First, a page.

Shortly after "we" married Buddy, my dad, some of his children came to live with us when we moved to KS. I had lived a very quiet lifestyle and had no idea what I was in for. I was 3, Landon was 4, and Brandon was 5. I had lived in a house with just us girls and now there were 2 REALLY rowdy boys moving in. To balance out the wild and ORNERY they also brought with them my Bubba, Cameron. He was so sweet and just dreamy. I had no idea what brothers were, but I very quickly found out. They were mean, played tricks, and beat me up all the time. I am told that that did deter me and that I continually stayed sweet and kind to them. The older kids and my parents kept trying to teach me how to stick up for myslef and I didn't have a mean bone in my body.
We lived in Rantoul, a farm house outside Osawatomie, Sedan, and El Dorado. I went to a different school each year and once lived in 2 houses in the same town and went to 2 different schools. In each one of those different houses came new house guests. My dad has NEVER passed by a hitchhiker or someone down on their luck without stopping to help. We had people living with us all the time. They would work for a wage to get to where they were going. One of them we helped get his citizenship. As if that wasn't crazy enough, my parents became a foster family. We had lots of kids live with us, and I remember every single one of them and their stories. My family is so far extended, it's crazy.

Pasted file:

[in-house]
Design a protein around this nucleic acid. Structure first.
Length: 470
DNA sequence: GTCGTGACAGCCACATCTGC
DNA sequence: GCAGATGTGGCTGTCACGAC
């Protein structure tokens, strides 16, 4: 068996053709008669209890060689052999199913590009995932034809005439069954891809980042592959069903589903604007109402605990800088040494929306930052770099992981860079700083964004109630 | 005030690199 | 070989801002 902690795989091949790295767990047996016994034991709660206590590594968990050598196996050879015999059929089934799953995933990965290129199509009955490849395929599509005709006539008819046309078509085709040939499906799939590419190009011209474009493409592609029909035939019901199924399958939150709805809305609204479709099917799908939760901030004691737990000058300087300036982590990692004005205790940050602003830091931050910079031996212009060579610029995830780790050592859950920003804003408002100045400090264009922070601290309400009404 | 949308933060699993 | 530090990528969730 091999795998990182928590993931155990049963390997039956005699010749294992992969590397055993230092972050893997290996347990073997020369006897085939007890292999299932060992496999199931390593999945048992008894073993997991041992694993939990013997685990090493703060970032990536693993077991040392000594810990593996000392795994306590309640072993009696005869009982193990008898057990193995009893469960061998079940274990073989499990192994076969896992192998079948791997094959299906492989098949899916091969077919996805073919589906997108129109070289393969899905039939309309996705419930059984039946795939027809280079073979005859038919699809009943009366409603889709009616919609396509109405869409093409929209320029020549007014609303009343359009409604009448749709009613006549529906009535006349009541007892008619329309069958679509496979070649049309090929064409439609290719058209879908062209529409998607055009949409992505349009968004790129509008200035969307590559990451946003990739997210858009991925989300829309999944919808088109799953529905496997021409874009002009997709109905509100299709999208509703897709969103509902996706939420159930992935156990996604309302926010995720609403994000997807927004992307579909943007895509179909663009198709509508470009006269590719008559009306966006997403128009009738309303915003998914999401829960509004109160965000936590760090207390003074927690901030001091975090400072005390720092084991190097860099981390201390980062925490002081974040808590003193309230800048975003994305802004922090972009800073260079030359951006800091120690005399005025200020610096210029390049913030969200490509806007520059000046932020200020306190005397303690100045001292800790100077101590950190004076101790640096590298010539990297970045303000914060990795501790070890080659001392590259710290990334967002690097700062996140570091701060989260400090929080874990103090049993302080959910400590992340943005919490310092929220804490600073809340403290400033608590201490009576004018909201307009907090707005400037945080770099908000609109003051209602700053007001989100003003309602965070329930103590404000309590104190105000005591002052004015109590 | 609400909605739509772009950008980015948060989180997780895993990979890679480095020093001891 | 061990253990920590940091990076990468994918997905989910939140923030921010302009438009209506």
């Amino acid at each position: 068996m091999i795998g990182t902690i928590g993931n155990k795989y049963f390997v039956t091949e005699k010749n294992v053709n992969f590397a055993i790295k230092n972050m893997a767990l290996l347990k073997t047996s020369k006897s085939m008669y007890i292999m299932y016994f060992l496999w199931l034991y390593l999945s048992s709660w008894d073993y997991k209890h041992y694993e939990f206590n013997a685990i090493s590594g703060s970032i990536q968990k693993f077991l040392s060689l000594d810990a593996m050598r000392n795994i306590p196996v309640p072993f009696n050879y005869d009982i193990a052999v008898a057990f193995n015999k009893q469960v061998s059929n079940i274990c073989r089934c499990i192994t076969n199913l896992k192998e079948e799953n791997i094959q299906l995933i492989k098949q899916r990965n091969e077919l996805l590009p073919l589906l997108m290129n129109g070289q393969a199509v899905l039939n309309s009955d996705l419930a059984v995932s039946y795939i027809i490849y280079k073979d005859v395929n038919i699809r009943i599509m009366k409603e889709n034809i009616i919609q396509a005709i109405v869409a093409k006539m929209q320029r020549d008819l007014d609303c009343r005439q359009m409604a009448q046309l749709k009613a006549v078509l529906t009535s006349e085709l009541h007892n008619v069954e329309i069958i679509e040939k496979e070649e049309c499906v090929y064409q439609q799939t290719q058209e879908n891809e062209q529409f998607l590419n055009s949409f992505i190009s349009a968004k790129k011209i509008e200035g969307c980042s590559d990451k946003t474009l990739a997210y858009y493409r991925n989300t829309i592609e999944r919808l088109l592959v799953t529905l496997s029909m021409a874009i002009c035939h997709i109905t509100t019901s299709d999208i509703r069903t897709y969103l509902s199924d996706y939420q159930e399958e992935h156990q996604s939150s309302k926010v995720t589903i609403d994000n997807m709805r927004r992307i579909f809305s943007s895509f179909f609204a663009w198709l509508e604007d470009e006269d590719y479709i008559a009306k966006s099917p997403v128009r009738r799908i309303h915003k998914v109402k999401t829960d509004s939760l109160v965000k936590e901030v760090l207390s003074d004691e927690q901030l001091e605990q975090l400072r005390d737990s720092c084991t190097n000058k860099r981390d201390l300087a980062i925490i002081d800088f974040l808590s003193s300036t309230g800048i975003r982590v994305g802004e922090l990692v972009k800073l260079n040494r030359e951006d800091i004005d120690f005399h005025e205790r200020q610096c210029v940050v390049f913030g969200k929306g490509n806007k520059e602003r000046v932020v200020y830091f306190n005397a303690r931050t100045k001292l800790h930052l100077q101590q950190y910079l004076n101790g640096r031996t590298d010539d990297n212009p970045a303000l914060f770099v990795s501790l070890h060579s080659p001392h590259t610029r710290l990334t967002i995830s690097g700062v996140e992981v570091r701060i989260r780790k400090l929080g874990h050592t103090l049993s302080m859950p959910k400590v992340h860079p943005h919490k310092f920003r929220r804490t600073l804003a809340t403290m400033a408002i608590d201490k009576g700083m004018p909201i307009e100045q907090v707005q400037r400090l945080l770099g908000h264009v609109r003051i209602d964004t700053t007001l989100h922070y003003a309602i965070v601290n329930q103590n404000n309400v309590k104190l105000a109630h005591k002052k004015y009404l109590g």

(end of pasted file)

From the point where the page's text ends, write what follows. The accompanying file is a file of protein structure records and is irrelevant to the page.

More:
One more short for ya. My dad is such an entrepeneur, during the week he helped me make pom poms to sell at the races for for the horses hair. An old board and a few nails is all it took. You wrap yarn around them, tie it off, and cut, voila you have fuzzy little pom poms. We knew all the ranches and jockey's silks colors and we purposefully matched them. Dad went to the liquor store and grabbed an old wine bottle box with the deep dividers and we piled each color combo in a section. Who could resist a cute little girl walking from shed row to shed row selling her wares. I always came home with more money than I had pom poms to sell. They would braid them into their horses hair for race time. When each race was announced you could see Aimee's pom poms beautiful displayed. I had my own jockey's helmet and boots. I always wore a pair of googles on my hat, just like my dad and a kneckerchief around my neck. I sang the National Anthem, sold my pom poms, looked forward to my freshly grilled cheeseburger at the concession stand, and jumped up and down screaming for my daddy to win in the grand stands each Saturday & Sunday.